we also found out that Verizon has changed their plans: We used to get 10G’s per month for $100 but now that same 10 G’s costs $80. Sweet. Or we can pay our usual $100 and get 15 G’s. A friend of ours used to pay $80 for 6 G’s of data and now can get 10G’s for the same amount.
there might be others that do not apply to us so you need to check your own plan.
In the last two months with Verizon we have:
bought a new phone for my brother
changed our plan from my name to Gary’s
bought a new phone for Gary
changed our data plan from $100 to $80
Lots of changes - no wonder there are lots of chances for GOTCHA’S. No wonder I’ve been on our phone with Verizon for several hours this month. My butt’s wearing a really nice groove.
HERO OR VILLAIN?
Speaking of name changes - we were reading about Memphis and learned of an interesting name change for a park in the center of the city, Forrest Park named for Nathan Bedford Forrest, a Confederate cavalry leader in the Civil War and where both he and his wife are buried. Here’s a picture of Forrest, larger than life, astride his horse in the center of a city park, ringed with trees and grass.
In February of 2014, the Memphis City Council changed the name of Forrest Park to Health Sciences Park and also changed the name of Confederate Park to Memphis Park and Jefferson Davis Park to Mississippi River Park. Ordinary changes that cities and towns make all the time. That’s the story but the intrigue and back story are ever so much more interesting. Firstly, these name changes came just before pending legislation in the TN Legislature that would prevent the renaming of parks honoring wars or historical military figures throughout TN, in any city or in any town. Imagine that! Tennessee was going to pass a law preventing town and cities from naming and renaming parks within their boundaries. Interesting.
Actually, all of this comes at a time when the nation is readying for the 150th anniversary of the Civil War with a population that is much more diverse than it was in 1865. America has changed considerably in the intervening 150 years and though many are working to change the images of the past, others are fighting to preserve their local heritage.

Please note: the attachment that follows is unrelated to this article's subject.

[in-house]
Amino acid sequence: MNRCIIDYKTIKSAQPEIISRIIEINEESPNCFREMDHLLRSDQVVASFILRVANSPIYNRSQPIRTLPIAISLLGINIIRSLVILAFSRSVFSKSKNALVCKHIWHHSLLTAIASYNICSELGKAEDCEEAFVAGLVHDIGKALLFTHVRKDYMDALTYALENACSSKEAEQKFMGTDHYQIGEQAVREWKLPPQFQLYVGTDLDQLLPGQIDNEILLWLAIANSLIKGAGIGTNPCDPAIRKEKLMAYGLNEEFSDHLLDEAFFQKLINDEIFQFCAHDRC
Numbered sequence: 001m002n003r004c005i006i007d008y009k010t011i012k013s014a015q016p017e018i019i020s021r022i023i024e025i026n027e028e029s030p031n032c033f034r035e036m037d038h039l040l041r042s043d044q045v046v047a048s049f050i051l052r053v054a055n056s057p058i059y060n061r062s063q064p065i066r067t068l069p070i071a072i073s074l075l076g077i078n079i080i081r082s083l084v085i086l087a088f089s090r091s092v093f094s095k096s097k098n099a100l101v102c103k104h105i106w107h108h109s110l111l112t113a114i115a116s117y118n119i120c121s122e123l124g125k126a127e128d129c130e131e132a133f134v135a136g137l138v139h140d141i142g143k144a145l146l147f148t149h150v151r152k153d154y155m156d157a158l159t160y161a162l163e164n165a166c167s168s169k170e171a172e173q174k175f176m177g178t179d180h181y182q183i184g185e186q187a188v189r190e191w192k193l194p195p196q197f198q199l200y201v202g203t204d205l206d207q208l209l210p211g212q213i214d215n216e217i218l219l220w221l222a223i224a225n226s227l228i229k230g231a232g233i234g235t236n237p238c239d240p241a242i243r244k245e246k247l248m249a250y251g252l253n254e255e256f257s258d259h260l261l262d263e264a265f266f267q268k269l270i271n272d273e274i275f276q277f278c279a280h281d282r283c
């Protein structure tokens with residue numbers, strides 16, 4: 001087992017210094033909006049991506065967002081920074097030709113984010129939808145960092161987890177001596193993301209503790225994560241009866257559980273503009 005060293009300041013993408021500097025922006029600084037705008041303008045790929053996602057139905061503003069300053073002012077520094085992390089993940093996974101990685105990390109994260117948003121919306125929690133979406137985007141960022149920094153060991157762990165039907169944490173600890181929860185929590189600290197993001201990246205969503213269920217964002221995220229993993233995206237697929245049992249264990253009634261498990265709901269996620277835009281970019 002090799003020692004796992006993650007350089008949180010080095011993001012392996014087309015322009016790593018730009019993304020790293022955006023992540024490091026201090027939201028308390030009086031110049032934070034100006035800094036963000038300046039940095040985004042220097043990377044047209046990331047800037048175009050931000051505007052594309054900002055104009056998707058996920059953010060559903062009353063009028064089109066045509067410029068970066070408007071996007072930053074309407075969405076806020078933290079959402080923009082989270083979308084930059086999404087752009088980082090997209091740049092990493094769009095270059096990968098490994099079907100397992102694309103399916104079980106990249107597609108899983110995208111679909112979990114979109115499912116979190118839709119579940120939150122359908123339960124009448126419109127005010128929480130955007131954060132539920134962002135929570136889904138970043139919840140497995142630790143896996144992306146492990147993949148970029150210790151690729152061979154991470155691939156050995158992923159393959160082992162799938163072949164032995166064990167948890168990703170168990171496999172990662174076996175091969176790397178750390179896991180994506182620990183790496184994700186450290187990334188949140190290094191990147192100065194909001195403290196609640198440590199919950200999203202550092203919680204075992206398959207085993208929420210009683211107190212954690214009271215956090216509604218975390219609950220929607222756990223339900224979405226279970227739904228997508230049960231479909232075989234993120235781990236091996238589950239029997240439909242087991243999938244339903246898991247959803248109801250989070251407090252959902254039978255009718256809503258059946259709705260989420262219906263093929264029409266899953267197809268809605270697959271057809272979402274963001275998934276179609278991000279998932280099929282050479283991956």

Forrest himself was recognized on both sides as a great self-educated, intuitive cavalry leader, feared even by General Grant. His cavalry practiced ‘mobile warfare’ his troops moved fast, fought hard and was a scourge to the Union army. However, a massacre of white and African American Union troops at Fort Pillow, north of Memphis occurred in 1864 by troops under his charge. Whether the troops had surrendered as the Union claimed or had not and were still fighting as the Confederacy claimed, the fact remains that it was a slaughter under his command.
He was a slave owner but it was reported that whenever possible, he kept slave families together, clothed and fed them well and gave them better than expected medical treatment. He was a ‘Grand Wizard’ until Klan violence and intimidation escalated and became widespread in 1867 - 1868 and he ordered the dissolution of the organization in 1869.
In 1875, he was invited to speak to the Independent Order of Pole-Bearers Association, an organization of black Southerners. His speech was what the New York Times called a ‘friendly’ speech and when he was offered a bouquet by an African American woman, accepted it humbly with these words:
‘Ladies and Gentlemen I accept the flowers as a memento of reconciliation between the white and colored races of the southern states. I accept it more particularly as it comes from a colored lady, for if there is any one on God's earth who loves the ladies I believe it is myself. ... that I am your friend, for my interests are your interests, and your interests are my interests. We were born on the same soil, breathe the same air, and live in the same land. Why, then, can we not live as brothers? I will say that when the war broke out I felt it my duty to stand by my people. When the time came I did the best I could, and I don't believe I flickered. I came here with the jeers of some white people, who think that I am doing wrong. I believe that I can exert some influence, and do much to assist the people in strengthening fraternal relations, and shall do all in my power to bring about peace.’
At his funeral it is said that hundreds upon hundreds of African Americans attended his funeral to pay their respects.
A controversial figure to say the least and, even in death, remains controversial. Of course, it often depends upon who is writing the story. As we all struggle with the legacy of the Civil War, the renaming of Forrest Park to Health Sciences Park is merely one part of this larger struggle.